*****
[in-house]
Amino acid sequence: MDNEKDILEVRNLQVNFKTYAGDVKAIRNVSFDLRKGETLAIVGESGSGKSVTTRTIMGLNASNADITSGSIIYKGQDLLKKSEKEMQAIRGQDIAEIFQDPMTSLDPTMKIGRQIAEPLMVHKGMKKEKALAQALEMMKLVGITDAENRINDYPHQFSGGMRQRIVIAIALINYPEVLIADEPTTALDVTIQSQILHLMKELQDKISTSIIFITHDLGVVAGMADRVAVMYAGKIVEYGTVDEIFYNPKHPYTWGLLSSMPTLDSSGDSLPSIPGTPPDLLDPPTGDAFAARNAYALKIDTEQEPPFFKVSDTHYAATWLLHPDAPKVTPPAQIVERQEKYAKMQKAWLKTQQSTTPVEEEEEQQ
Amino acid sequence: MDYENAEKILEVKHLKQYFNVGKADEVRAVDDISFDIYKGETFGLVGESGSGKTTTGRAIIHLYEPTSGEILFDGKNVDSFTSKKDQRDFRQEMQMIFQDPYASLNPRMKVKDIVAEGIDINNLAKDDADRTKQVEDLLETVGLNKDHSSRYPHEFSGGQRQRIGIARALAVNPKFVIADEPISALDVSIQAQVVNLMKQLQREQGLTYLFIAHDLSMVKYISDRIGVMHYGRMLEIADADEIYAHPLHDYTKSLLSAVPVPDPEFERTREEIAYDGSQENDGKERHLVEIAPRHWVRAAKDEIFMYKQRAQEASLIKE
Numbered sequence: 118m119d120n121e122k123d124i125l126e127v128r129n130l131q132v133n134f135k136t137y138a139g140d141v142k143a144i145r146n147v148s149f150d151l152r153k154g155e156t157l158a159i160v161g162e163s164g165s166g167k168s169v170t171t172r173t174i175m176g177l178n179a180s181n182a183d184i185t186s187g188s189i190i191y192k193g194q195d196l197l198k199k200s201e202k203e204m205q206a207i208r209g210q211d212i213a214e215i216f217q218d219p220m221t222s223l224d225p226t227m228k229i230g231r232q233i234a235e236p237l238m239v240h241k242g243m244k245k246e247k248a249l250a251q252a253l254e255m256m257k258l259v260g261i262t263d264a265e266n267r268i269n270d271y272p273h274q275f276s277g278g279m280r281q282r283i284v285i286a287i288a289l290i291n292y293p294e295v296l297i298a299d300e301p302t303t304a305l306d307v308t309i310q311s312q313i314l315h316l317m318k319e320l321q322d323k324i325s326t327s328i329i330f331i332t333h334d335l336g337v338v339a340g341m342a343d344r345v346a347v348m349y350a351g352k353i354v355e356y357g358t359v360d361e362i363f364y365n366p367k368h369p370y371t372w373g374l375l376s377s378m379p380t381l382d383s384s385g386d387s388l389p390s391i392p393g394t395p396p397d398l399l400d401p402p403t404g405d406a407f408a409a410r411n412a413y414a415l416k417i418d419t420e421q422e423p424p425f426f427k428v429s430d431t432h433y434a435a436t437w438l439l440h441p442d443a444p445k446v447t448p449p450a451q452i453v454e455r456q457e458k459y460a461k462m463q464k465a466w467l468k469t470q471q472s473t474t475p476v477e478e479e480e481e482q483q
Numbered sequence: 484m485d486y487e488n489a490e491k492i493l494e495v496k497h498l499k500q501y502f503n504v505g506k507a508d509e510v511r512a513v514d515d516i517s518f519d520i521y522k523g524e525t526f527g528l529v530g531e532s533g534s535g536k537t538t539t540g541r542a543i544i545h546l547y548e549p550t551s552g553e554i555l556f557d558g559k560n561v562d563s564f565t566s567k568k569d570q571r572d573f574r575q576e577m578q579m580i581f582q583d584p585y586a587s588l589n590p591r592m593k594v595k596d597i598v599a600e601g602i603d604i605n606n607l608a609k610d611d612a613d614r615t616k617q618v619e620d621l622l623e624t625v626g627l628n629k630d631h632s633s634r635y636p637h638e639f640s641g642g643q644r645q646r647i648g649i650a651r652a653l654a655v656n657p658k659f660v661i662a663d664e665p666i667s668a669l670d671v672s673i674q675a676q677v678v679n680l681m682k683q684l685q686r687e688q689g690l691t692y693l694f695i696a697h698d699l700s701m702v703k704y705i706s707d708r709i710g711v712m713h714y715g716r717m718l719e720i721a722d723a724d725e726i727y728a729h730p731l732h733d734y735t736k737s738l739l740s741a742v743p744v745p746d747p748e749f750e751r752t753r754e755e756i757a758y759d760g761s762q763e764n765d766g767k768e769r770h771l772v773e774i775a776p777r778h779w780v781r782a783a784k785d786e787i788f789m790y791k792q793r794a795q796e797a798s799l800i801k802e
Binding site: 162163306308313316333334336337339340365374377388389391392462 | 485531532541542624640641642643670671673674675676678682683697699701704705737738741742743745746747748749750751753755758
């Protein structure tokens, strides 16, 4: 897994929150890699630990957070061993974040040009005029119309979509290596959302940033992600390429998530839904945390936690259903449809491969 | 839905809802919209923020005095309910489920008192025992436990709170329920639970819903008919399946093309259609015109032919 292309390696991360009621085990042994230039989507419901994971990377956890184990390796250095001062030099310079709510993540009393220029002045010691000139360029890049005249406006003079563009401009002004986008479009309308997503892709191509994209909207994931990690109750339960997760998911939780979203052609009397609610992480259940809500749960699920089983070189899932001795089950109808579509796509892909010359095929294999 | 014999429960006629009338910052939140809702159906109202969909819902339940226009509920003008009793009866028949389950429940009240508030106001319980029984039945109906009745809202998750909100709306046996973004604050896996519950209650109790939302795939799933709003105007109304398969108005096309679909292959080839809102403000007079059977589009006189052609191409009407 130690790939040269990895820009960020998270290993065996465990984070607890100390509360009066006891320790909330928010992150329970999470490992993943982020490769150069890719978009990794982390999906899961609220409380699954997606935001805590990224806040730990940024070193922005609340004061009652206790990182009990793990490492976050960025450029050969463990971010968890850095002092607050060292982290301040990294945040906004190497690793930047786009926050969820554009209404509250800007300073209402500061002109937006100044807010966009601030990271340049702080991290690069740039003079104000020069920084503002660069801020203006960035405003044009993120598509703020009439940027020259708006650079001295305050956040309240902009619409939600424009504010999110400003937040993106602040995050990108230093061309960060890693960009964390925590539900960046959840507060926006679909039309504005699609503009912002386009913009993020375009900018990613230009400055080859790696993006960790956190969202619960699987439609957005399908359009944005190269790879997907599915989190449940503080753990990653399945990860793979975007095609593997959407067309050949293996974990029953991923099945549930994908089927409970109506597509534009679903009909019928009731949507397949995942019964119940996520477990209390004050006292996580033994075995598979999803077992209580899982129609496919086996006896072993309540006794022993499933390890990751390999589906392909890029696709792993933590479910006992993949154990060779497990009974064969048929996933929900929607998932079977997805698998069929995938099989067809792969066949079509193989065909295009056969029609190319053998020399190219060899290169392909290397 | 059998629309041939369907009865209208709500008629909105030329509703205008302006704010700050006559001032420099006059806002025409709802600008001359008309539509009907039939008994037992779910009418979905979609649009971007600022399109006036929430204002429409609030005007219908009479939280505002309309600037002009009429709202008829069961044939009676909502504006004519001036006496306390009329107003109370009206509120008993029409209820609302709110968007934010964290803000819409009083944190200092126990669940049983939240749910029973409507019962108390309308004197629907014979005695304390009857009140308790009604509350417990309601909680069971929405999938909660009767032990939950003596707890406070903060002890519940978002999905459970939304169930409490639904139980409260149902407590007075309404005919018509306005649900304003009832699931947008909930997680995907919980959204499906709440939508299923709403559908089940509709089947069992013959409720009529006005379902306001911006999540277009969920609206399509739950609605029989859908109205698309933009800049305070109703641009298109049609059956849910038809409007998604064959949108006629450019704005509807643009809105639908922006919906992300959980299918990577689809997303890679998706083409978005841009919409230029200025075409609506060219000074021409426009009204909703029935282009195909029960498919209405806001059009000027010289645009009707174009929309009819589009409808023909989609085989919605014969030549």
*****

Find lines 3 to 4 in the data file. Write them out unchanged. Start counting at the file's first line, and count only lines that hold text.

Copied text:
Amino acid sequence: MDYENAEKILEVKHLKQYFNVGKADEVRAVDDISFDIYKGETFGLVGESGSGKTTTGRAIIHLYEPTSGEILFDGKNVDSFTSKKDQRDFRQEMQMIFQDPYASLNPRMKVKDIVAEGIDINNLAKDDADRTKQVEDLLETVGLNKDHSSRYPHEFSGGQRQRIGIARALAVNPKFVIADEPISALDVSIQAQVVNLMKQLQREQGLTYLFIAHDLSMVKYISDRIGVMHYGRMLEIADADEIYAHPLHDYTKSLLSAVPVPDPEFERTREEIAYDGSQENDGKERHLVEIAPRHWVRAAKDEIFMYKQRAQEASLIKE
Numbered sequence: 118m119d120n121e122k123d124i125l126e127v128r129n130l131q132v133n134f135k136t137y138a139g140d141v142k143a144i145r146n147v148s149f150d151l152r153k154g155e156t157l158a159i160v161g162e163s164g165s166g167k168s169v170t171t172r173t174i175m176g177l178n179a180s181n182a183d184i185t186s187g188s189i190i191y192k193g194q195d196l197l198k199k200s201e202k203e204m205q206a207i208r209g210q211d212i213a214e215i216f217q218d219p220m221t222s223l224d225p226t227m228k229i230g231r232q233i234a235e236p237l238m239v240h241k242g243m244k245k246e247k248a249l250a251q252a253l254e255m256m257k258l259v260g261i262t263d264a265e266n267r268i269n270d271y272p273h274q275f276s277g278g279m280r281q282r283i284v285i286a287i288a289l290i291n292y293p294e295v296l297i298a299d300e301p302t303t304a305l306d307v308t309i310q311s312q313i314l315h316l317m318k319e320l321q322d323k324i325s326t327s328i329i330f331i332t333h334d335l336g337v338v339a340g341m342a343d344r345v346a347v348m349y350a351g352k353i354v355e356y357g358t359v360d361e362i363f364y365n366p367k368h369p370y371t372w373g374l375l376s377s378m379p380t381l382d383s384s385g386d387s388l389p390s391i392p393g394t395p396p397d398l399l400d401p402p403t404g405d406a407f408a409a410r411n412a413y414a415l416k417i418d419t420e421q422e423p424p425f426f427k428v429s430d431t432h433y434a435a436t437w438l439l440h441p442d443a444p445k446v447t448p449p450a451q452i453v454e455r456q457e458k459y460a461k462m463q464k465a466w467l468k469t470q471q472s473t474t475p476v477e478e479e480e481e482q483q